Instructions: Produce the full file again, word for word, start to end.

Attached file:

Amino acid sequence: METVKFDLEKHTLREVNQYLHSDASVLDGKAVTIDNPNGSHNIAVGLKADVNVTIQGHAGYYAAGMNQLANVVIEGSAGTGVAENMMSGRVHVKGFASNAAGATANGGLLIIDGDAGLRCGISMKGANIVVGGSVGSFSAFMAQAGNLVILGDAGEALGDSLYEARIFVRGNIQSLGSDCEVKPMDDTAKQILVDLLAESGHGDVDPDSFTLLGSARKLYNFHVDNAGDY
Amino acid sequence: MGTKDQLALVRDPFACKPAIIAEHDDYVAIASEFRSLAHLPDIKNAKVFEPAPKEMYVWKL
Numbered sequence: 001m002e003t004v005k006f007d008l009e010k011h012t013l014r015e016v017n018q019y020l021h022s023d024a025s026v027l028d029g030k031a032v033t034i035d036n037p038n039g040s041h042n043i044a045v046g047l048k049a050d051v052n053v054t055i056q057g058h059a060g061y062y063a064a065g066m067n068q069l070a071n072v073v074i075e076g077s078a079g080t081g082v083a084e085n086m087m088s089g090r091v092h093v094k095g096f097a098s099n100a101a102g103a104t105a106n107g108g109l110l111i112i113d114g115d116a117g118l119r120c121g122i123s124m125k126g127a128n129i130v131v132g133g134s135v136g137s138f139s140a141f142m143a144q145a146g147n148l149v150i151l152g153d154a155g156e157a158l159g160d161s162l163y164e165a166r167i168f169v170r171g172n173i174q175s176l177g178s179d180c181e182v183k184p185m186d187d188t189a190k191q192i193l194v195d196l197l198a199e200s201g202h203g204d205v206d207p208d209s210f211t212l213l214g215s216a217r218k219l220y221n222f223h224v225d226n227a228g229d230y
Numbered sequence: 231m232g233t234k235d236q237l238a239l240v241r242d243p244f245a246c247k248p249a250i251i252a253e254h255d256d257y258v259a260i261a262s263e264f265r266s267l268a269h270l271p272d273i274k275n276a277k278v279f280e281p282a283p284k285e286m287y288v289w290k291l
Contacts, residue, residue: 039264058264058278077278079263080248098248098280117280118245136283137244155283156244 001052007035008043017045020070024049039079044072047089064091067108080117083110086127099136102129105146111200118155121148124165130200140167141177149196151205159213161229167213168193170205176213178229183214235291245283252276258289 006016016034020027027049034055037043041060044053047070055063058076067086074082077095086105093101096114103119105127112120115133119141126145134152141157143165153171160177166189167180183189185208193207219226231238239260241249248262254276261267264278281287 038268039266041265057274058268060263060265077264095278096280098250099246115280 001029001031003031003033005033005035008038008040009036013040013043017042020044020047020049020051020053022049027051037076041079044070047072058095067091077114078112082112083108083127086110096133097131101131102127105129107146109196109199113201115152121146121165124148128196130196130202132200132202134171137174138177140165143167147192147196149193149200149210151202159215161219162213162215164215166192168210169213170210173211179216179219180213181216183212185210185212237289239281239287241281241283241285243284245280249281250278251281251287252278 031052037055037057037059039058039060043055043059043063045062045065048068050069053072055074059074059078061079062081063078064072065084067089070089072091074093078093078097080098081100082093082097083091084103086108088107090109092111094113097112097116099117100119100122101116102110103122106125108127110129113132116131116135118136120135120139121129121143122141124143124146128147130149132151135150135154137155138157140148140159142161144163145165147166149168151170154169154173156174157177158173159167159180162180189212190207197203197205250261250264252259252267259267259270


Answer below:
Amino acid sequence: METVKFDLEKHTLREVNQYLHSDASVLDGKAVTIDNPNGSHNIAVGLKADVNVTIQGHAGYYAAGMNQLANVVIEGSAGTGVAENMMSGRVHVKGFASNAAGATANGGLLIIDGDAGLRCGISMKGANIVVGGSVGSFSAFMAQAGNLVILGDAGEALGDSLYEARIFVRGNIQSLGSDCEVKPMDDTAKQILVDLLAESGHGDVDPDSFTLLGSARKLYNFHVDNAGDY
Amino acid sequence: MGTKDQLALVRDPFACKPAIIAEHDDYVAIASEFRSLAHLPDIKNAKVFEPAPKEMYVWKL
Numbered sequence: 001m002e003t004v005k006f007d008l009e010k011h012t013l014r015e016v017n018q019y020l021h022s023d024a025s026v027l028d029g030k031a032v033t034i035d036n037p038n039g040s041h042n043i044a045v046g047l048k049a050d051v052n053v054t055i056q057g058h059a060g061y062y063a064a065g066m067n068q069l070a071n072v073v074i075e076g077s078a079g080t081g082v083a084e085n086m087m088s089g090r091v092h093v094k095g096f097a098s099n100a101a102g103a104t105a106n107g108g109l110l111i112i113d114g115d116a117g118l119r120c121g122i123s124m125k126g127a128n129i130v131v132g133g134s135v136g137s138f139s140a141f142m143a144q145a146g147n148l149v150i151l152g153d154a155g156e157a158l159g160d161s162l163y164e165a166r167i168f169v170r171g172n173i174q175s176l177g178s179d180c181e182v183k184p185m186d187d188t189a190k191q192i193l194v195d196l197l198a199e200s201g202h203g204d205v206d207p208d209s210f211t212l213l214g215s216a217r218k219l220y221n222f223h224v225d226n227a228g229d230y
Numbered sequence: 231m232g233t234k235d236q237l238a239l240v241r242d243p244f245a246c247k248p249a250i251i252a253e254h255d256d257y258v259a260i261a262s263e264f265r266s267l268a269h270l271p272d273i274k275n276a277k278v279f280e281p282a283p284k285e286m287y288v289w290k291l
Contacts, residue, residue: 039264058264058278077278079263080248098248098280117280118245136283137244155283156244 001052007035008043017045020070024049039079044072047089064091067108080117083110086127099136102129105146111200118155121148124165130200140167141177149196151205159213161229167213168193170205176213178229183214235291245283252276258289 006016016034020027027049034055037043041060044053047070055063058076067086074082077095086105093101096114103119105127112120115133119141126145134152141157143165153171160177166189167180183189185208193207219226231238239260241249248262254276261267264278281287 038268039266041265057274058268060263060265077264095278096280098250099246115280 001029001031003031003033005033005035008038008040009036013040013043017042020044020047020049020051020053022049027051037076041079044070047072058095067091077114078112082112083108083127086110096133097131101131102127105129107146109196109199113201115152121146121165124148128196130196130202132200132202134171137174138177140165143167147192147196149193149200149210151202159215161219162213162215164215166192168210169213170210173211179216179219180213181216183212185210185212237289239281239287241281241283241285243284245280249281250278251281251287252278 031052037055037057037059039058039060043055043059043063045062045065048068050069053072055074059074059078061079062081063078064072065084067089070089072091074093078093078097080098081100082093082097083091084103086108088107090109092111094113097112097116099117100119100122101116102110103122106125108127110129113132116131116135118136120135120139121129121143122141124143124146128147130149132151135150135154137155138157140148140159142161144163145165147166149168151170154169154173156174157177158173159167159180162180189212190207197203197205250261250264252259252267259267259270